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What Is An Air-Quality Alert?

Updated on July 19, 2017

Whether changes on a daily basis. So too does the air quality, particularly during the warmer summer months. Noting the air quality during the summer is important because air quality is related to how clean and/or how potentially unhealthy the air is breathe, which is a major health concern for some. For this reason, the U.S. Environmental Protection Agency (EPA) as well as the National Weather Service (NWS) has created a system of public advisories that alerts the public to the quality of the air during warm weather forecasts. When the quality of air becomes a factor, local, regional, or national offices of the NWS will issue forecasts containing variations of the phrases, air-quality alert, ozone-alert, or ozone- action days (previously explored briefly in the post, “Everything You Need To Know About Hot Weather (And Extreme Heat) Safety…”)

Air-Quality Day (“Ozone-Action Day”)

Whenever the quality of the air over a certain area or region is under the threat of rising to alert-worthy or even dangerously unhealthy levels, the EPA and/or the NWS will issue an Air-Quality Alert for that affected region. An air-quality (or “ozone action alert”) day is a public alert issued whenever the quality of the air becomes affected by certain present factors, that may adversely affect the health of those living under the alert, particularly those with preexisting health concerns.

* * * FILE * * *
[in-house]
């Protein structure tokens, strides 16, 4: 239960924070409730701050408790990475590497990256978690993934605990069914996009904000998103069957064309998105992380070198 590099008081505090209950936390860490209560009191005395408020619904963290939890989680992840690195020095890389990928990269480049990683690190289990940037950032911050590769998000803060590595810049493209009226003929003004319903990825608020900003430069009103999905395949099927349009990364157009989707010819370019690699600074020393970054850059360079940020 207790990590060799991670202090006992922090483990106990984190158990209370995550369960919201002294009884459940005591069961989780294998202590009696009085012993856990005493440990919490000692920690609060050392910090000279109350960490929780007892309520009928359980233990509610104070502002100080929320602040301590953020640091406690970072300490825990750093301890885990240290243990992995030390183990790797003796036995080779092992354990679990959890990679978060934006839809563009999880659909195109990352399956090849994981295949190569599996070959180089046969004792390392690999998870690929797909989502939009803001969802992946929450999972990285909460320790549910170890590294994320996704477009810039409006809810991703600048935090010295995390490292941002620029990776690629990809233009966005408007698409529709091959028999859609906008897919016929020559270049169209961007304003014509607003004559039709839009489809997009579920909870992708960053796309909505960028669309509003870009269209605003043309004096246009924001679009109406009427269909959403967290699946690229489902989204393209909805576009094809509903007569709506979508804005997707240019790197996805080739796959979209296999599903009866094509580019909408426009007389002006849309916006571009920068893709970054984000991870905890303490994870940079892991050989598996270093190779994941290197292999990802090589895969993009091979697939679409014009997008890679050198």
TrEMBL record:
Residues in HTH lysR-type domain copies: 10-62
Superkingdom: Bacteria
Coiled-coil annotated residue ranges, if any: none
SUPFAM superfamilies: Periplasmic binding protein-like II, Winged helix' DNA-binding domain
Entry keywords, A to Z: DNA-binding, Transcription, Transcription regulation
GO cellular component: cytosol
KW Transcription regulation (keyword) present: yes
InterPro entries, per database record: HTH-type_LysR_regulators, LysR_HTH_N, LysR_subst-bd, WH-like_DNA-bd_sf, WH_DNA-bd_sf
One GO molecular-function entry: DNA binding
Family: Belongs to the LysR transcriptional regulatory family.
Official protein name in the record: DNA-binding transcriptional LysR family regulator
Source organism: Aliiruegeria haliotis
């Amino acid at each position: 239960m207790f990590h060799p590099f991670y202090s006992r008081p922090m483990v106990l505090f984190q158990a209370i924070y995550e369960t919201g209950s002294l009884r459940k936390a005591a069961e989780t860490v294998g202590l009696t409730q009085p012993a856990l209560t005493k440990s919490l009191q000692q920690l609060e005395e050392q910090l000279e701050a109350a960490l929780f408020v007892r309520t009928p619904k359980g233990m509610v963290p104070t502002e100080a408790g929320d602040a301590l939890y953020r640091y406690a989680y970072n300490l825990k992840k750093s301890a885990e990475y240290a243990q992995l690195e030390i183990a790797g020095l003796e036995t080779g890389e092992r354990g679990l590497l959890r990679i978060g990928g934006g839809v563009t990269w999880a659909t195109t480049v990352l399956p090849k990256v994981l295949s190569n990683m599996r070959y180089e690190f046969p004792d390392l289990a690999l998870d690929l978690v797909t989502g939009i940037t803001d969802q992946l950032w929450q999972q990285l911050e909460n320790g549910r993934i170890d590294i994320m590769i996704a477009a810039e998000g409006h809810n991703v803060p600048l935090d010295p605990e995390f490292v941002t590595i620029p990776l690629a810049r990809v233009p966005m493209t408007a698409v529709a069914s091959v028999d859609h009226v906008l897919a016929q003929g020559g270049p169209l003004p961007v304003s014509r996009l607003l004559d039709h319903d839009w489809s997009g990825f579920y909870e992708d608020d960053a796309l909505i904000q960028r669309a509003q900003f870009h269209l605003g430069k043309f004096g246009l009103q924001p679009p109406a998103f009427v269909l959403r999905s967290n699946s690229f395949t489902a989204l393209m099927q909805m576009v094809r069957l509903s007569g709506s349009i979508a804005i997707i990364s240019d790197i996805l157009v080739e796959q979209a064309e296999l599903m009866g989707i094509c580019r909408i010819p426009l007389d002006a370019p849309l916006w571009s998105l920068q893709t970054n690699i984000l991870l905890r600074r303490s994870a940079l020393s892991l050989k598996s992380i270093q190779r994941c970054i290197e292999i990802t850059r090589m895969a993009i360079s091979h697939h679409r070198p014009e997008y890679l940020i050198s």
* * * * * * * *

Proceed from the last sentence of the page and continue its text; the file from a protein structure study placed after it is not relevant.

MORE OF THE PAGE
What Determines an Air-Quality Alert Day?

What triggers an air-quality alert day? This particular type of alert is triggered by the either the presence or increase of two major environmental factors that contribute to air pollution:

• Ground-Level Ozone– High-levels of ground-level ozone are frequently the cause of air quality alerts. Ozone, particularly at the surface level, is formed when pollutants such as car exhaust and industrial output (i.e., fumes) mixes with the oxygen in the air. Air-quality alerts of this type tend to occur on hot, dry sunny days with a light breeze. The presence of ground-level ozone can trigger asthma attacks and decrease our lungs’ ability to function at optimum levels.

• Particulate Matter – Particulate matter consists of pollutants such as dust, soot, ash and smoke. The presence of these particles is often caused by the burning of fossil fuels (such as wood), or other chemical processes. This type of air quality issue is most common on hot, humid days. When this matter accumulates in the air we breathe, it can cause can cause difficulty in breathing, asthma attacks, and lung damage…especially in the elderly.

A key tool in this effort is the Air Quality Index, or AQI. The EPA and /or local offices of the NWS use the AQI to alert the public with information about the air quality for a given region.

The Air-Quality Index